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Sorriso’s Enzo Fargione wants to change the way The Woodlands eats Italian

February 5, 2019

The towering foyer of the newest restaurant in Waterway Square houses a new way to dine for many customers in The Woodlands.

Chef Enzo Fargione’s first foray into the township’s culinary scene — Sorriso Modern Italian Kitchen and its partner lounge and pool bar, Como Social Club — officially opened on Jan. 31.

But, the winding road that led Fargione to the banks of The Woodlands Waterway began in San Diego, California, where a then-17-year-old Fargione moved after completing culinary school in his native Turin, Italy.

Fargione didn’t last long in San Diego — four months after arriving and dissatisfied with what he said were inauthentic Italian offerings there — Fargione moved to the thin fine dining scene in Washington, D.C.

In 1986, he said, there were only three high-end Italian restaurants in Washington D.C.: Vincenzo, Cantina D’Italia and Galileo, where Fargione studied under renowned chef Roberto Donna.

“I got real busy, real fast,” Fargione said of his early years in Washington, D.C.

In his three decades in the nation’s capital, Fargione headed acclaimed restaurants Barolo, Teatro Goldoni, Elisir and Osteria Elisir — all lauded in the press and loved by the often-finicky D.C. fine dining crowd, he said.

Eventually, Fargione said, it was time to move on, so he headed to Naples and West Palm Beach in Florida for three years. In March 2018, officials with the Howard Hughes Corporation approached him with the idea to build a new concept from the ground up at the Westin at The Woodlands, replacing the ailing restaurant that was there, the Current and SideBar restaurants that occupied the space where Sorriso now resides.

“First, I need to learn what the area offers,” Fargione said. “To see what the expectations of the residents of The Woodlands are — where the palate is.”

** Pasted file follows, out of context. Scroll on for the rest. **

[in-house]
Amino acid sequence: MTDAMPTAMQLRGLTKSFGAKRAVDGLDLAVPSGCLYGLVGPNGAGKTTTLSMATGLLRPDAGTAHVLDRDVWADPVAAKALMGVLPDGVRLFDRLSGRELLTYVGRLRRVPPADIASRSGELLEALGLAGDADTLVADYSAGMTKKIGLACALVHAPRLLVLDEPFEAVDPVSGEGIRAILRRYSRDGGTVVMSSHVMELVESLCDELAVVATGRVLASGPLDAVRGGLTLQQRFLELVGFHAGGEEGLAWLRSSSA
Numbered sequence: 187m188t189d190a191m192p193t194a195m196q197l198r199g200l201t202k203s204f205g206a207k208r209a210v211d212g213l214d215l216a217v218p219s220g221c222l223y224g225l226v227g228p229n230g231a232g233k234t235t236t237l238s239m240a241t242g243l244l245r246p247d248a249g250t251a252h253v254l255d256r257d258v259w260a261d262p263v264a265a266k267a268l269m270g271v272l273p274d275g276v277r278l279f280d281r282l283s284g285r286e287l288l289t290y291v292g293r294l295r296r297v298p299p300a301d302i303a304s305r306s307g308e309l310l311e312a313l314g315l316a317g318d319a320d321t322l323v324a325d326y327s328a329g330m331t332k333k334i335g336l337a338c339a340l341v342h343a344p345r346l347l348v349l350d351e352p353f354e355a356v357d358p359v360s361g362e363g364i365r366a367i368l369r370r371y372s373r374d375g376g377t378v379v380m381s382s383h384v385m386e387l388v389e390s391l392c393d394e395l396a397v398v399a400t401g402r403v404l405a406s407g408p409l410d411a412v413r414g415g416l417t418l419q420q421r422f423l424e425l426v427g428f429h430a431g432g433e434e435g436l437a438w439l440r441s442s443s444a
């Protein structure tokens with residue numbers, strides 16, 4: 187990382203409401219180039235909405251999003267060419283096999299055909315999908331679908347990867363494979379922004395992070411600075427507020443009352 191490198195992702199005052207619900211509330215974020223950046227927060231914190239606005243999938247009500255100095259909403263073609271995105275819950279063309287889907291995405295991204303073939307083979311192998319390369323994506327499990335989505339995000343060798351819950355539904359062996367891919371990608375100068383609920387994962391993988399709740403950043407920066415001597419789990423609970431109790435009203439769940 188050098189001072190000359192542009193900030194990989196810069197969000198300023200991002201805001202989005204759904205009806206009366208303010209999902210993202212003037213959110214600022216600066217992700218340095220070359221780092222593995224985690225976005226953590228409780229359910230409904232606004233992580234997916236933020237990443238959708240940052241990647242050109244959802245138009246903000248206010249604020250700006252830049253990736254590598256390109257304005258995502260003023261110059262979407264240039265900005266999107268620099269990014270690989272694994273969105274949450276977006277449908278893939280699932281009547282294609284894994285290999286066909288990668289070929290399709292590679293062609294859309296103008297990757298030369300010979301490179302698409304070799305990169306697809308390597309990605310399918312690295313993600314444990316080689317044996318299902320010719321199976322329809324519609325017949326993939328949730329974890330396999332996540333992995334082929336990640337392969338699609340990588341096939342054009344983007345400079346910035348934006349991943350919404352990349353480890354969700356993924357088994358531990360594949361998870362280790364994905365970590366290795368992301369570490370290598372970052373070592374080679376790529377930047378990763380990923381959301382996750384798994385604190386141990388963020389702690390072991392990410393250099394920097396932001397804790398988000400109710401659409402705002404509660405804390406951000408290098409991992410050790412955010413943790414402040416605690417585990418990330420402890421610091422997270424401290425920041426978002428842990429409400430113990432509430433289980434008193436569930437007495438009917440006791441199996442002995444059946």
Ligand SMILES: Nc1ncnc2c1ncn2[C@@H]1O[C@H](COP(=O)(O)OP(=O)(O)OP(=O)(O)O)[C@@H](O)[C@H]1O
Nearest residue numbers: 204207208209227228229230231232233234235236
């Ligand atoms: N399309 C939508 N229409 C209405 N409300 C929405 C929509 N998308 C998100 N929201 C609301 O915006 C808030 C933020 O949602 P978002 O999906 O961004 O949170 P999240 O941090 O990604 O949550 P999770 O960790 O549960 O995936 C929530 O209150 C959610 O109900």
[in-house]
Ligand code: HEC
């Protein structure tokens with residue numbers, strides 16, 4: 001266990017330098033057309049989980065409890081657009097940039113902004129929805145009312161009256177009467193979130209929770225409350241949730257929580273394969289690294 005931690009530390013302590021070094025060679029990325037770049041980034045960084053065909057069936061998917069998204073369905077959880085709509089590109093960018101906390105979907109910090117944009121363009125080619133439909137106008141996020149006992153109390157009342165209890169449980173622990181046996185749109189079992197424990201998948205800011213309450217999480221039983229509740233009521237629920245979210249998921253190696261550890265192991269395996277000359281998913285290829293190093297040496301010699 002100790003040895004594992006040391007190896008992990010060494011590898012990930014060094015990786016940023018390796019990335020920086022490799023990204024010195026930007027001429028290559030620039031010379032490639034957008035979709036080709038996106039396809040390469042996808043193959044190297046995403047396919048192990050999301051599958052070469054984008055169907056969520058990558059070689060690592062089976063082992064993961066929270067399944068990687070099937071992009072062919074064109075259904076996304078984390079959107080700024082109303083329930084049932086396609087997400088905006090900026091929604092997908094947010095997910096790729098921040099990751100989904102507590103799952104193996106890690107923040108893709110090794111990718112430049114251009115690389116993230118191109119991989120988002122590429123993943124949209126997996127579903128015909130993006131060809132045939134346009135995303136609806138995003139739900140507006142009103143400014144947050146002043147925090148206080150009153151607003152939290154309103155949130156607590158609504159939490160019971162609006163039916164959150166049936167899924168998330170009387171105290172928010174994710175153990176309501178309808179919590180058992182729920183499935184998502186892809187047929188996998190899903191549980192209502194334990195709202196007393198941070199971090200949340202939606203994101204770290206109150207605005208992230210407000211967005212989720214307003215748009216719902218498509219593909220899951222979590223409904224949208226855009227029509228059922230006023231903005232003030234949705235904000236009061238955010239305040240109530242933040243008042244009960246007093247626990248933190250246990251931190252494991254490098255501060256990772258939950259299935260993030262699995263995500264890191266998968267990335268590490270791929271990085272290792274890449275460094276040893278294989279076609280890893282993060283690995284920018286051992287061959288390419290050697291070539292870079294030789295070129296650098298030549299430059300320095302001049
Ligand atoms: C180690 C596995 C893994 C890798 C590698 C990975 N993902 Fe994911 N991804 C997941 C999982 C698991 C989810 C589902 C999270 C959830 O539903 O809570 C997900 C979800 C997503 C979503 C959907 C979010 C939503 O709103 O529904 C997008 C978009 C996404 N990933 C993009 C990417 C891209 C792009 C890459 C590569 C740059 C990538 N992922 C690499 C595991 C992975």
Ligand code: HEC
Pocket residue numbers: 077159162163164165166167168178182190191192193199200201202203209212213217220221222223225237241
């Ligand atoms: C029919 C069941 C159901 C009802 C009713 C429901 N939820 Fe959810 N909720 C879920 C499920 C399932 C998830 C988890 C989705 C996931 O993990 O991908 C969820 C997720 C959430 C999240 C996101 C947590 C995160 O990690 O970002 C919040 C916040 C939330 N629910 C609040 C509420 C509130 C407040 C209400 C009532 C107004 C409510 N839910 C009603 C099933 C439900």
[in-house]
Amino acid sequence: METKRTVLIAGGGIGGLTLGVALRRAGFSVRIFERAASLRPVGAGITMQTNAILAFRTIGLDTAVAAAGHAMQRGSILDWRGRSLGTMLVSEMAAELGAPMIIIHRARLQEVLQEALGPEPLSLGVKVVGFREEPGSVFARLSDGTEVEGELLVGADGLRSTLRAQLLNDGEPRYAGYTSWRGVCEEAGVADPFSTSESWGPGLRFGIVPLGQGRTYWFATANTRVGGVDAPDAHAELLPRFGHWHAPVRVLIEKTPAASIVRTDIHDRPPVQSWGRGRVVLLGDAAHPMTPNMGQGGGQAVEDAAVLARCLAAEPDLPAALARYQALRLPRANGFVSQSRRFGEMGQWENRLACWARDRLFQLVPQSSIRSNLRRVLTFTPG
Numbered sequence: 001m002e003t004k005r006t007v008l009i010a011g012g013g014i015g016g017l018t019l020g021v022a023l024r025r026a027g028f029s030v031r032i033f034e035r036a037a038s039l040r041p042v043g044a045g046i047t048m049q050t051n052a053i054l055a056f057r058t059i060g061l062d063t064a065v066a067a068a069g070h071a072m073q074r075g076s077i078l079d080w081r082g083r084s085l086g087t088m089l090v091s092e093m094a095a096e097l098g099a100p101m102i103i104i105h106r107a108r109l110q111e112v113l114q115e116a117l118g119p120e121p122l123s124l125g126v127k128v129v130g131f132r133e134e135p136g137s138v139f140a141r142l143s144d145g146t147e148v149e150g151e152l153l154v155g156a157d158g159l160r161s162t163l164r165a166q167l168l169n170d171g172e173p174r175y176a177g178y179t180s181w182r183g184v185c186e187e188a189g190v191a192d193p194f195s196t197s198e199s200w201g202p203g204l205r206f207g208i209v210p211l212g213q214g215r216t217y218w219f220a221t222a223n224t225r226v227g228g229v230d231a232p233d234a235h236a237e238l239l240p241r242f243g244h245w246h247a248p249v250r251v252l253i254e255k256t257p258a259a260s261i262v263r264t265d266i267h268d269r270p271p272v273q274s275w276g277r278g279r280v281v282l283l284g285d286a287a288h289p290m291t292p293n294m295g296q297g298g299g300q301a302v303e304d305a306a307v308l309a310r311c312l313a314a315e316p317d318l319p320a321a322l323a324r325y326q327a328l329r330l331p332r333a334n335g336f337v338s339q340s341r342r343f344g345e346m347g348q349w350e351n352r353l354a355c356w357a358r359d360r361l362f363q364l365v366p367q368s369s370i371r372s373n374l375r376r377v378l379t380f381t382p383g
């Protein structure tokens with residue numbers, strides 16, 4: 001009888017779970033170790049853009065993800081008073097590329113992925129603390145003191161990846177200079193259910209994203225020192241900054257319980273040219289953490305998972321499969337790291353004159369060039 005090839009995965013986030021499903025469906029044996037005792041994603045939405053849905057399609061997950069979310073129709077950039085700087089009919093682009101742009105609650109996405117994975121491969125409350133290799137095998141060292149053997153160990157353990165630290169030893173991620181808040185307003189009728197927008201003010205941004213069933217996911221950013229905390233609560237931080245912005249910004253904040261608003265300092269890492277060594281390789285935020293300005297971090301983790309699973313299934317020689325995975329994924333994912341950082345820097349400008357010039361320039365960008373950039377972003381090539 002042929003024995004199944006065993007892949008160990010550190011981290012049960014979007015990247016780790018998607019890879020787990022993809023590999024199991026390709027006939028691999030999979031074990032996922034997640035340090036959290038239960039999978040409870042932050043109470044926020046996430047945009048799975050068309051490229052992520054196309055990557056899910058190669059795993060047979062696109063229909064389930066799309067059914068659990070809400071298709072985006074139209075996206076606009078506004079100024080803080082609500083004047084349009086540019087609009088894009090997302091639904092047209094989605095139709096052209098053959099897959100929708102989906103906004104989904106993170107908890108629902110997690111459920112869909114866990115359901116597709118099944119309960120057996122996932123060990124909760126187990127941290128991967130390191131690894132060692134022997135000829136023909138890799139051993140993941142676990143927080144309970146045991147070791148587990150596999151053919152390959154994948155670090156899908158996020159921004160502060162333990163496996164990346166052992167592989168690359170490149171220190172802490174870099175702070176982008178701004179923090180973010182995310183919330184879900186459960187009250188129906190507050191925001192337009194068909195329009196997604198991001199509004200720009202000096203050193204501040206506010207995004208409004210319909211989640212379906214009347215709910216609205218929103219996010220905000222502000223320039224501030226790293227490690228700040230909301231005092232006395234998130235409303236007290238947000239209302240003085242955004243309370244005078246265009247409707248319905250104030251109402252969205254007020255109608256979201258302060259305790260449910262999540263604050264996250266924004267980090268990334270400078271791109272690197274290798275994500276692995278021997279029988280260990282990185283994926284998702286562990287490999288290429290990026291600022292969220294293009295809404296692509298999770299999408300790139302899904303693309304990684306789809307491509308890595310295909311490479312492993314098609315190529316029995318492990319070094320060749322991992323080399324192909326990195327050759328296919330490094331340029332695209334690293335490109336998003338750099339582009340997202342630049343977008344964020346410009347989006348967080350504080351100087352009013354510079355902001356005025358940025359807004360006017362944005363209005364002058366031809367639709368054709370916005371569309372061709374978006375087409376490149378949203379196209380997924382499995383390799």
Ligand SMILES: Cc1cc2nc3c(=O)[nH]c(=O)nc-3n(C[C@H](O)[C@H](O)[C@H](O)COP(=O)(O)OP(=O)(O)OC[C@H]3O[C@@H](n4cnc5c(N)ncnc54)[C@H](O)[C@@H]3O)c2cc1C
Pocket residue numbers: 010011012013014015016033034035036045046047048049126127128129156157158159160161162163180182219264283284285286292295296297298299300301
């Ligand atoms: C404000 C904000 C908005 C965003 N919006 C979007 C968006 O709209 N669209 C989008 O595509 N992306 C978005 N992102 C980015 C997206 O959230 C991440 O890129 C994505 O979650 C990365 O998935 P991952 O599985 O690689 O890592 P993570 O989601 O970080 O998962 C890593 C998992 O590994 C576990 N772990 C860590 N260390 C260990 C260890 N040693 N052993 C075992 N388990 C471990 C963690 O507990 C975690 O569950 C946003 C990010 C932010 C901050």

After a diet-busting week exploring the eateries throughout the township, Fargione said he discovered what those palates sought: often-enormous portions at a steakhouse or Tex-Mex restaurant that seemed to be on every corner.

“That translated to me as value,” Fargione said. “You need to offer value.”

Looking to break the cycle of big meals on big plates that seemed so prevalent, Fargione said he devised a wider menu featuring smaller, shareable plates — at a reasonable price — that would draw in repeat customers.

Officials with the Howard Hughes Corporation gave Fargione almost complete creative control over the menu — which features braised veal ossobucco, Tuscan chicken liver paté and charred octopus — and the design of the two spaces. Inside Sorriso was a neutral, metal- and wood-accented interior that is complemented by the sleek chaises and a slightly more playful atmosphere at the Como Social Club.

The vibe is different by design upstairs at Como Social Club, where Fargione also serves as executive chef. With lighter food offerings and a heavier emphasis on the expansive cocktail menu, the pool and the cabanas perched above the Waterway offers a new experience for the bar crowd in The Woodlands.

As often as possible, cooks at Sorriso use only the freshest, in-house ingredients. Hand-crushed San Marzano tomatoes are used for ragù and pomodoro on pasta and as the base for the margherita and salumeria pizzas. Cooks create house-made pasta and pizza dough and utilize imported Pecorino cheese. The cocktails at Sorriso and Como feature a limoncello of Fargione’s own creation.

Much effort goes into the staging and plating of the meal before the first bite of food touches the customer’s tongue — but taste is the prime goal of his creations, he said.

The end goal is the customer leaving through the big, red door of Sorriso and wanting to come back.

“If you remember one thing only with enthusiasm — it could be the food, it could be the service — then, my job is done,” Fargione said.

mrincon@chron.com

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